...took a full sabbatical, I took a full year off after selling content marketing institute and now I'm and a lot of cases because of the pandemic, I'm back into it. I felt that there needs to be more focused on helping content creators, which is why we came out with content ink again, which is why we launched the tilt and then my love and passion from a philanthropic standpoint is Orange Effect Foundation, my wife and I've been doing that for Jeez almost 15 years now, we're basically, we, we fundraise to help kids who need speech therapy, who have speech disorders get the speech therapy they need and that's kind of our our passion project. So a lot a lot of stuff going on James and uh we can talk about some of it. Well I gotta appreciate that because it's funny that I'm doing a podcast and do a lot of speaking. But as a child actually went through speech therapy, I really did, I really did, obviously worked. It did and I'll tell you the fascinating thing. Um even about two years ago I actually had my tongue clipped because it was still creating some problems my speech pathology And worked with the speech pathologist. And so this has been kind of a continuous, ongoing journey of growth in this particular area. So grateful for the work that you're doing with your wife and the philanthropy in that area. And you know, I mean it was easy, easy decision. I mean, my my oldest who's now 19, He didn't have any verbal words when he was three years old. So aggressive speech and play therapy for 56 years and now he's fantastic. He do whatever he wants to do, and that's all we're trying to do. And what I didn't realize there's a lot of families can't afford speech therapy insurance doesn't cover, you know, a lot of the details, but most people don't when you have to decide between putting food on the table and speech therapy, you put food on the table. So when in a gun that comes back to a lot of what we talk about here with financial brands, that the work you're doing is much bigger than. So its purpose driven. It's it's it's framed around creating value for much more than just yourself, for your family. But it's you're you're taking this to a much larger audience and and you know, you you talked about you took a sabbatical, you got back into it. You open up content, inc nine powerful words that hooked me, drew me in right off the bat. You wrote the model described in this book, saved my life. Let's start the conversation there. Because I think why did it save your life? How did it save your life? Well, first of all, thank you for reading the first page of the book. Alright, I read I read it all well, thank you. It was, you know, so to go back to 2007, I was I was working for a large media company. I had an executive position. Things were good, but I always had an inch to start a company. Had to talk with my wife And I said, I really think, you know, of course she knew about this for a long time and she was on me about are you going to make the decision or not? And then in March of 2007, I said, Okay, I'm gonna do it. Made the decision left, and we had to change things around and figure things out. And I had this amazing idea for this matching digital matching product that I thought would be great. We were going to be the harmony for content marketing, that's how we were pitching it. And I thought it was the greatest thing ever and accept that nobody bought it and it didn't work out very well. And in 2000 and passed for two years from there in 2009, I'm ready to walk away like this is not working. I didn't even tell anybody, but I was actually looking for a job and trying to find somebody to hire me. We had no money, we were in debt. I had two small kids, I'm like this is not going to work. And then finally, For whatever reason, after...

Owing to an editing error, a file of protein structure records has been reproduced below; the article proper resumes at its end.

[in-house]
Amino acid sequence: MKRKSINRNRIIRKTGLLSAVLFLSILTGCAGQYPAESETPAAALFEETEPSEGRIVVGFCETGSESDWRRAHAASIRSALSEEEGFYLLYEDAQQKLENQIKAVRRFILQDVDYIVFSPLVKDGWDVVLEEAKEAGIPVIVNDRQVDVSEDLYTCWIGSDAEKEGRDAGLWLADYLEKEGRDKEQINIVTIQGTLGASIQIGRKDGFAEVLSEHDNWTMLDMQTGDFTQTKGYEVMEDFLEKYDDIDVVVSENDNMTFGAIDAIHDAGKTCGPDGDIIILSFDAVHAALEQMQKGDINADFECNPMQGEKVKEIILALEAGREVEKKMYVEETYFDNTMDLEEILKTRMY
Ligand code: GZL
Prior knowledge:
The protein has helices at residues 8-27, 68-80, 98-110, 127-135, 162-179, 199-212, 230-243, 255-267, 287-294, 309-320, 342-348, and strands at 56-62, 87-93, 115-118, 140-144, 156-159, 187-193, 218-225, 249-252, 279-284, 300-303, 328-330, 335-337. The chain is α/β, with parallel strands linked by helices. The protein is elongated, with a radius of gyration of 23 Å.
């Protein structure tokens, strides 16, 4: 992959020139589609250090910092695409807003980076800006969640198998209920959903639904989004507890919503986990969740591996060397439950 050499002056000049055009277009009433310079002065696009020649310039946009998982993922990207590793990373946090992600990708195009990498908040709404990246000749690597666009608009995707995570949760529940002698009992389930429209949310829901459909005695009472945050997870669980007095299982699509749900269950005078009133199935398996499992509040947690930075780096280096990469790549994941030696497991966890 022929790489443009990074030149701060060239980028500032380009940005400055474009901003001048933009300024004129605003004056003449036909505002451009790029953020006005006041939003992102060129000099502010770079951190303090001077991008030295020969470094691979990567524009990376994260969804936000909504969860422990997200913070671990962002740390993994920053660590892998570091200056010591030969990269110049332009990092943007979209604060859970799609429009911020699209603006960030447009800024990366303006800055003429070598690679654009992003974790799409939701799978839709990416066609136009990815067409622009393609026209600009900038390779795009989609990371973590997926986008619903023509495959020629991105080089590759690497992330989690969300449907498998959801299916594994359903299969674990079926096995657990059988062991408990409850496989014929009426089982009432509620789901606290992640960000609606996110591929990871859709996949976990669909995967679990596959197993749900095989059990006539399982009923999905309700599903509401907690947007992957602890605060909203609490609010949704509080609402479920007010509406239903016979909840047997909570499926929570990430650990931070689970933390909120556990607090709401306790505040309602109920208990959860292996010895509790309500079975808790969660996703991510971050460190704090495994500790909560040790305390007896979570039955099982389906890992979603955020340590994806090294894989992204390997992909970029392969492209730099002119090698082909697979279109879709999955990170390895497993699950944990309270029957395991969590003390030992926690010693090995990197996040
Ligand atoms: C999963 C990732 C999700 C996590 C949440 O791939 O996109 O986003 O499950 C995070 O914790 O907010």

...feeling sorry for myself, I started look looking at the feedback from my blog subscribers at the time because I started a blog thankfully in 2007 about content marketing was called the content revolution and I'm trying to pitch them a product of this e harmony matching thing and what they were asking for is joe is are there any events that I could go to so I can network with people that are dealing with content issues. Joe is there do you do consulting joe? Is their small workshops we can get joe. Is there any online training for content marketing? All these questions that they were asking, saying that they were going to buy stuff from us but we didn't offer those things. So basically did the pivot from that moment on. And so this is September 2009. I remember I wrote it on a cocktail napkin and I said we are going to change everything going content marketing all the way we're going to create the leading online destination for content marketing, which became Content Marketing Institute. We can create the leading magazine and content marketing, Chief Content Officer magazine, which we created in january the next year. And then we're going to create the largest in person event in the world For content marketing called Content Marketing World. And my goal was to accomplish all those things by 2013 and believe it or not, James, we ended up doing all those by 2012. And the model that saved us back to your original conversation is luckily we built this audience of loyal subscribers and like we had sort of, as just happened happened to as we were creating, creating all this blog content And we built this audience of 10,000 plus. And so instead of pushing this product down their throats that they didn't want to buy, all I did was just start listening to those thousands of subscribers and they told us exactly what they would buy, shape the model around it. And we had a wonderful, amazing exit in 2016 and all our financial dreams came true and it was because we built a loyal audience focused on the content niche, focused on a very particular who and it all came together. And I think that right, there is a really what I would call a contrarian point of view, you know, I even you wrote about this about Peter thiel and you know, you and you you had this experience, you built this product and you went to go look for people and I see a lot of financial brands do the same thing. Even Fintech, they build the product and then they try to find the audience to match the product. And so this contrarian approach, I know it's gonna confuse and perplex, perplex many financial brand leaders who have taken this, you don't agree with it. Number one, what's the problem with this legacy? Thinking of what we'll just call it, putting the product first, particularly in this post, Covid digital world, and then what's the optimal path forward beyond just pushing and promoting product here? Well, it's just so weird, we think that there's one way to start a business and that's product lead. And as I've been doing research on this audience first model, which will, will unpack a little bit, uh realize that, oh my gosh, okay, all these companies are creating these products and there's such a high failure rate. I mean in three years, more than 50% of these product led initiatives fail. I'm like, okay, that's, that's interesting. You get everybody including peter feel and every other product business startup guru out there saying, oh, well, this is great. Just create an unbelievable product and everything will work out, but it doesn't. And so, and by the way, it's really risky and really expensive and really time consuming and you're like, okay, well this, there's got to be a better way and that's where We...